Thinner is better, or so say thin-film display manufacturers. For this reason, Toshiba Corp. (Tokyo, Japan) developed a reflective, low-temperature poly-silicon thin film transistor (TFT) liquid crystal display (LCD). Claiming an industry first, the company says its prototype offers low power consumption, increased mechanical reliability, and high resolution (800 x 600 pixels) in a thin, lightweight package. Targeted towards mobile applications, such as the emerging handheld PC market, the reflective TFT LCD reportedly consumes only 1/4 the power, weighs 1/2 less, and is 1/3 the thickness of a conventional amorphous-silicon backlit TFT LCD. Toshiba reports that shock and vibration characteristics are improved because the LCD driver circuitry is built into the periphery of the glass. Poly-silicon technology allows a smaller pixel pitch by patterning driver circuitry directly onto the glass to support high-resolution levels, alleviating many of the physical limitations imposed on LCDs requiring peripheral driver ICs. Toshiba plans to start mass production of a 8.4-inch reflective TFT LCD panel in the first quarter of 1999. Call: (800) 879-4963.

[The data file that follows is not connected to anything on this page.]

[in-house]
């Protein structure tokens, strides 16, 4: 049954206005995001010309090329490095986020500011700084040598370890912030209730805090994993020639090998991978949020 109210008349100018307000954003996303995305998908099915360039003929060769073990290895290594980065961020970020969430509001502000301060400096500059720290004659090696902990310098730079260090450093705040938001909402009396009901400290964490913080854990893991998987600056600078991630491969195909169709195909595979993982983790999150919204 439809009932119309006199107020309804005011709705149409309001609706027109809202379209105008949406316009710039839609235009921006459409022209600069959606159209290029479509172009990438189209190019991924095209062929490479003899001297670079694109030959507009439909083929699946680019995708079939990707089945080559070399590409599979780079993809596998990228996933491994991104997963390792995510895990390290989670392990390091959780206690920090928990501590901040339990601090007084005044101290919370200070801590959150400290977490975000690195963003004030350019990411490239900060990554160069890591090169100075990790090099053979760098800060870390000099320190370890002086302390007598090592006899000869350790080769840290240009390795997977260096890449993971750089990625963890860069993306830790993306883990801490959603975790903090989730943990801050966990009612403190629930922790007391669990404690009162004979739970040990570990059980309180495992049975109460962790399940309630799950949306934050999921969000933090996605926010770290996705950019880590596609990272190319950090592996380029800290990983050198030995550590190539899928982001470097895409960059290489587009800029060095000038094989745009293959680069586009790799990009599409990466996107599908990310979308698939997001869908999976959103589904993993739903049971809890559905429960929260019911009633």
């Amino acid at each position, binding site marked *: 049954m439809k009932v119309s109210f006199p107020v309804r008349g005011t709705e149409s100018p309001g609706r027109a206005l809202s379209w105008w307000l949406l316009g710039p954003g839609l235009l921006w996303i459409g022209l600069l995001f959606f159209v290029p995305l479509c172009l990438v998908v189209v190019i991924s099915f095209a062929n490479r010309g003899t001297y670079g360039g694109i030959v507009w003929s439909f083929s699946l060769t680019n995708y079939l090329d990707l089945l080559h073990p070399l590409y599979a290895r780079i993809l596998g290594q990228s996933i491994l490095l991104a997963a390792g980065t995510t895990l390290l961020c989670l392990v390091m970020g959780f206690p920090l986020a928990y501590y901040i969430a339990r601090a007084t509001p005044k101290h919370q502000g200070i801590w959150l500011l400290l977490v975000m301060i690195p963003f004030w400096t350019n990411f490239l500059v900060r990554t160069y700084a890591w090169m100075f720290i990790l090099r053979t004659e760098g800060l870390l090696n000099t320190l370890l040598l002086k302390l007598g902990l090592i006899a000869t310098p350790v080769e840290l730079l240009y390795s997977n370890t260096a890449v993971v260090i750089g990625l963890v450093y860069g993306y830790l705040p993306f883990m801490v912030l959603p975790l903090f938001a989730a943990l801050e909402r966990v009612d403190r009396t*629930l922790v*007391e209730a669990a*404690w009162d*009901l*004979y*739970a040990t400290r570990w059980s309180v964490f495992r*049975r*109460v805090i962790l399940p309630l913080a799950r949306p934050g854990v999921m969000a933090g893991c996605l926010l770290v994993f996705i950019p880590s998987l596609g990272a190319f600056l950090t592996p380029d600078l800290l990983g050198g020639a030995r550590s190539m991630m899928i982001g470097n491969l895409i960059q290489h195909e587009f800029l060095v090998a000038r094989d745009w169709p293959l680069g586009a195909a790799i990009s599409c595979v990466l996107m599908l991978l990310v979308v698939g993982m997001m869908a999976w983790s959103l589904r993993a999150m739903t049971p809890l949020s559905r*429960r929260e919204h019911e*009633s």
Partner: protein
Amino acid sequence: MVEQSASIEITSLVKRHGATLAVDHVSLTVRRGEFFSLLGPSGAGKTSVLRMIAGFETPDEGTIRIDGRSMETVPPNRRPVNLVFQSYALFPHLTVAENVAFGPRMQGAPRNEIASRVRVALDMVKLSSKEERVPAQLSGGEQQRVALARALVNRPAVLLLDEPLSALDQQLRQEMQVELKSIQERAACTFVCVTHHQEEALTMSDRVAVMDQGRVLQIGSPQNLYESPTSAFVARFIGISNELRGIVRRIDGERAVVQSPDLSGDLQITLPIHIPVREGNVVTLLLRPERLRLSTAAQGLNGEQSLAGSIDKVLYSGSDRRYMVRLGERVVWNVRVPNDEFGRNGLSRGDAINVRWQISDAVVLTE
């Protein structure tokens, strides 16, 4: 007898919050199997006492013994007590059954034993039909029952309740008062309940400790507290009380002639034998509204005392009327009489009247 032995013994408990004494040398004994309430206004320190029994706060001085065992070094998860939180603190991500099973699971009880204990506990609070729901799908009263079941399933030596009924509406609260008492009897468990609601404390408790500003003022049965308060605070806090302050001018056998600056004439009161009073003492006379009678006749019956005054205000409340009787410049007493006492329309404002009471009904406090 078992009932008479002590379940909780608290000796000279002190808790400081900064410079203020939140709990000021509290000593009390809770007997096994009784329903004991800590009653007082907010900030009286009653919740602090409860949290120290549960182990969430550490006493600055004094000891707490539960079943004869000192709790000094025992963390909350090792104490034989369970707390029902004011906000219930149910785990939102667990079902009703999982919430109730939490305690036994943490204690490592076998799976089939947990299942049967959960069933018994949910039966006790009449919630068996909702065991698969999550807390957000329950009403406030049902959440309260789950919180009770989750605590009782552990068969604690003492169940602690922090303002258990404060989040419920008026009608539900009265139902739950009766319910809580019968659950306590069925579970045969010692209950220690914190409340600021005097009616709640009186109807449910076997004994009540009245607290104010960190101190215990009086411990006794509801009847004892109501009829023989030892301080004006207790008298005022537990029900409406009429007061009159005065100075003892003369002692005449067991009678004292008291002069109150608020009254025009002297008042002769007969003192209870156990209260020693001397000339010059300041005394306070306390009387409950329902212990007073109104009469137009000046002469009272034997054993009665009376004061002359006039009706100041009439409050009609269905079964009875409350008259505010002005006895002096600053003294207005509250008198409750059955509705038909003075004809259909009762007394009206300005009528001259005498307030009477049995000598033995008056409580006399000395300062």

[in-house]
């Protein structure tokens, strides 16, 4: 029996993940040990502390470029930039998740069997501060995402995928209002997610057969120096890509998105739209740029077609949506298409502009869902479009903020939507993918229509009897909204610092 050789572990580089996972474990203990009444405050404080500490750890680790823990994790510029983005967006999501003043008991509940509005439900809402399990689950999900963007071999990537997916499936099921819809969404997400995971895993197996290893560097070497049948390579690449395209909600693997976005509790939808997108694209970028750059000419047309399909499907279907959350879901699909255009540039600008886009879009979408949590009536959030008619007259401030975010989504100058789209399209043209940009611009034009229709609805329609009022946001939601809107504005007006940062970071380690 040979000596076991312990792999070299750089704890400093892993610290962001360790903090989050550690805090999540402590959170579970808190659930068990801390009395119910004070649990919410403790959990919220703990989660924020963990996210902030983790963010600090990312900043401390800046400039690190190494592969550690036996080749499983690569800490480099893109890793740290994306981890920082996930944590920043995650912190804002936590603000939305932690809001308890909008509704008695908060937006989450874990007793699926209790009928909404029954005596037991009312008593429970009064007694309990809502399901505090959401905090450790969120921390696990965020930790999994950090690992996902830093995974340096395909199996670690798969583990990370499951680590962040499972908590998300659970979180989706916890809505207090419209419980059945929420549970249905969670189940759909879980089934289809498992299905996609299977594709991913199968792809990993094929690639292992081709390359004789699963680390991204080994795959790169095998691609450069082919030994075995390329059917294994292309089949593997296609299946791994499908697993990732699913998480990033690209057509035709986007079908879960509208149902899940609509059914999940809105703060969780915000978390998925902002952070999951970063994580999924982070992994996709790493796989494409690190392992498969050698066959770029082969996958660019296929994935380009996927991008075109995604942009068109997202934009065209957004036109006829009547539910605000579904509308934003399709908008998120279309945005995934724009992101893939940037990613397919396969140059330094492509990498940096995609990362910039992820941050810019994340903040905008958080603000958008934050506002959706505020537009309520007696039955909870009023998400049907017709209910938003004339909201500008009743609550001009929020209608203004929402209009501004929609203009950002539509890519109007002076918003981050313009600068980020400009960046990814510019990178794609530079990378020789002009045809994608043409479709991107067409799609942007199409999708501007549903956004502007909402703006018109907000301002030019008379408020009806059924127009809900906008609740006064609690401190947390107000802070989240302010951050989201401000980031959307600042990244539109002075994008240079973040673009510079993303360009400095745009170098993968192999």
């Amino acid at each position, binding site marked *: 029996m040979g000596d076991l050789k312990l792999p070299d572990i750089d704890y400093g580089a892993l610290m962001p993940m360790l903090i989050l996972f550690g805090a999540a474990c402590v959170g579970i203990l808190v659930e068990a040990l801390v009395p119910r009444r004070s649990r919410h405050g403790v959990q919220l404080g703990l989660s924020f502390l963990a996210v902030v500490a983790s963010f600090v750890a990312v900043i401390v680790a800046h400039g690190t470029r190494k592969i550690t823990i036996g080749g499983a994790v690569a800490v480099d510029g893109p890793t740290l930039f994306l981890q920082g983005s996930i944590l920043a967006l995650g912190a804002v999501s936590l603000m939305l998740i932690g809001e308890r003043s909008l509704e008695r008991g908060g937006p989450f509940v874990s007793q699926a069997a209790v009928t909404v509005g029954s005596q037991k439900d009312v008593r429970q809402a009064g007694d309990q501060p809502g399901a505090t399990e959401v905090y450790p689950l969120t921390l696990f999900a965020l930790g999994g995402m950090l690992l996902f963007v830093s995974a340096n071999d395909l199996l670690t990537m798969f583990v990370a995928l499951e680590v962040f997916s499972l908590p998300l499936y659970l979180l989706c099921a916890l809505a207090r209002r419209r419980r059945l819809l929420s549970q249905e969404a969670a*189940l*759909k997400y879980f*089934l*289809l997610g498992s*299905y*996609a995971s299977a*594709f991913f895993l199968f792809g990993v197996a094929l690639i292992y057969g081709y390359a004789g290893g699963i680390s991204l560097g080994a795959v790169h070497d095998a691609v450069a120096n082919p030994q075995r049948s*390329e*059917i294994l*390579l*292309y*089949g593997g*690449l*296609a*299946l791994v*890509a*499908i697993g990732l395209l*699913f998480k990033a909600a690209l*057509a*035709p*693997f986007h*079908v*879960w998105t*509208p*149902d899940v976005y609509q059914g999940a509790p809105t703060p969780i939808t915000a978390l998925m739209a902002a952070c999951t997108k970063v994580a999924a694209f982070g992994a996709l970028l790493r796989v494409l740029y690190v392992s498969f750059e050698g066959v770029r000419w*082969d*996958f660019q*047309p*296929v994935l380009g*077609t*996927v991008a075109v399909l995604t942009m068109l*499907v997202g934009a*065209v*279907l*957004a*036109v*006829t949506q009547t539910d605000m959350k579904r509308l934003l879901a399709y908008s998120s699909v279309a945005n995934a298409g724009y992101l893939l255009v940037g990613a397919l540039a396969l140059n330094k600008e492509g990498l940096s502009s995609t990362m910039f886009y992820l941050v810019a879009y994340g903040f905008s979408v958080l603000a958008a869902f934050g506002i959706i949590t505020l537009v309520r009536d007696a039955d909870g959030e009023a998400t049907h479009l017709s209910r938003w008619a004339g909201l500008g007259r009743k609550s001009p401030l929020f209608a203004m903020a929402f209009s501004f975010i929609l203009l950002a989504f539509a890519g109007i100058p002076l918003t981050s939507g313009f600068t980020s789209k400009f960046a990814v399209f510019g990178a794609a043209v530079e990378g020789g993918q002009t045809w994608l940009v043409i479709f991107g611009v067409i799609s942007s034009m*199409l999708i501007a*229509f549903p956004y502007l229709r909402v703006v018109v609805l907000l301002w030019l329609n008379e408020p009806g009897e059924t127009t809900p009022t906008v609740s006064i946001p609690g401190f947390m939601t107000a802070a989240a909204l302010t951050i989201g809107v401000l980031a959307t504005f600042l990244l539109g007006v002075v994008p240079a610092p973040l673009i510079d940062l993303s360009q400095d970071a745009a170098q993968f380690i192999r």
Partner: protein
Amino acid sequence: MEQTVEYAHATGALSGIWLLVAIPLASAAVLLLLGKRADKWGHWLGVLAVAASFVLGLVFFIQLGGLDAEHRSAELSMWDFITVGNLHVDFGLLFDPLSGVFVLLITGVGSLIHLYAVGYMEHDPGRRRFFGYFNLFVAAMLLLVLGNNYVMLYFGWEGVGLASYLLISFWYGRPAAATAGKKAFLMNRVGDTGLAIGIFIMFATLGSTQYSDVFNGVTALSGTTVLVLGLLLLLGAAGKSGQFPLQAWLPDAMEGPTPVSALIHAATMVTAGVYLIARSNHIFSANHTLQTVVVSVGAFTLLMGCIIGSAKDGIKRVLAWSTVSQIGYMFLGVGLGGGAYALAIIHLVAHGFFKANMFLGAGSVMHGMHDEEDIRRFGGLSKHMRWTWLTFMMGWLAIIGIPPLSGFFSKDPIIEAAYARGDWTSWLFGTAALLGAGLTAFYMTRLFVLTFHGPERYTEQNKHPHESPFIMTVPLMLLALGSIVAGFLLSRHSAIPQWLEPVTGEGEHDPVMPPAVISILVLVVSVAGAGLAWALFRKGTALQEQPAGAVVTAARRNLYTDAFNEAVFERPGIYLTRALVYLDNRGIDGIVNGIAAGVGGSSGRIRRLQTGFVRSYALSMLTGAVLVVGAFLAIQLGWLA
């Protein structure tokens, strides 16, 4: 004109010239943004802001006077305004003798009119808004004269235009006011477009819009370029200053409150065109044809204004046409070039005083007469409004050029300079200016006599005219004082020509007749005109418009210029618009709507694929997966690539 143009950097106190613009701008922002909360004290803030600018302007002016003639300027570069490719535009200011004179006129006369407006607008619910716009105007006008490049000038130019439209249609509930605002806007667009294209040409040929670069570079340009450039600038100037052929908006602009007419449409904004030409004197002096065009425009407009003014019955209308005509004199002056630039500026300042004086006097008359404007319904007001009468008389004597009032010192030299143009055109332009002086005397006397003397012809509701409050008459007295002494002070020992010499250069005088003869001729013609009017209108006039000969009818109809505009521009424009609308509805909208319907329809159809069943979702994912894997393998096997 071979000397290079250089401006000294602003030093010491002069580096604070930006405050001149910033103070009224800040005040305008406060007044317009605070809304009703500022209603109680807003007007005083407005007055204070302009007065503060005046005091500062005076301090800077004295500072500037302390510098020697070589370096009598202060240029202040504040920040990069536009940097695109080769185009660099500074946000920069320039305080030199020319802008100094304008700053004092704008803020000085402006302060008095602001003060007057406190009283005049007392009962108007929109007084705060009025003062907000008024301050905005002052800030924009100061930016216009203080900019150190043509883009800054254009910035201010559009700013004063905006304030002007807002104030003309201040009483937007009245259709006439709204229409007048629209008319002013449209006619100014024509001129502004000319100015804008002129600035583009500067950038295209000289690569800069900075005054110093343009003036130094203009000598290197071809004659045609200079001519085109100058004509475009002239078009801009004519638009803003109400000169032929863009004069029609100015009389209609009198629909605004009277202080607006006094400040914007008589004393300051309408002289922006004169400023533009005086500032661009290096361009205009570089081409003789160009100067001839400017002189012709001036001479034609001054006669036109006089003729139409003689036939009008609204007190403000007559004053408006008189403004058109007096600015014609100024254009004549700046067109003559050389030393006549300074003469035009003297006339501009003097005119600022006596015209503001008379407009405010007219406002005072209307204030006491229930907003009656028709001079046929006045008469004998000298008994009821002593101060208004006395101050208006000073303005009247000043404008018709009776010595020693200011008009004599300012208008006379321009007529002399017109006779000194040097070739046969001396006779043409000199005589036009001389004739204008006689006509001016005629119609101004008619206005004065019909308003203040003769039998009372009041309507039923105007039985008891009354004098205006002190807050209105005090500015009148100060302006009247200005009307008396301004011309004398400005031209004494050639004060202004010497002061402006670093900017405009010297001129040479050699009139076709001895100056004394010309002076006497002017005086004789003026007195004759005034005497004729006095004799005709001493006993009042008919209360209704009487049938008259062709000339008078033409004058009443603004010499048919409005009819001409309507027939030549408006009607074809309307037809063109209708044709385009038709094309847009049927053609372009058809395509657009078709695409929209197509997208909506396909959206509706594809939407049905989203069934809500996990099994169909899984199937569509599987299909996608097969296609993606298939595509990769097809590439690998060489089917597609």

If you see a hitchhiker along the road in Canada this summer, it may not be human. That’s because a robot is thumbing its way across our neighbor to the north as part of a collaborative research project by several Canadian universities.
Stanford University researchers have found a way to realize what’s been called the “Holy Grail” of battery-design research -- designing a pure lithium anode for lithium-based batteries. The design has great potential to provide unprecedented efficiency and performance in lithium-based batteries that could substantially drive down the cost of electric vehicles and solve the charging problems associated with smartphones.
Robots in films during the 2000s hit the big time; no longer are they the sidekicks of nerdy character actors. Robots we see on the big screen in recent years include Nicole Kidman, Arnold Schwarzenegger, and Eddie Murphy. Top star of the era, Will Smith, takes a spin as a robot investigator in I, Robot. Robots (or androids or cyborgs) are fully mainstream in the 2000s.
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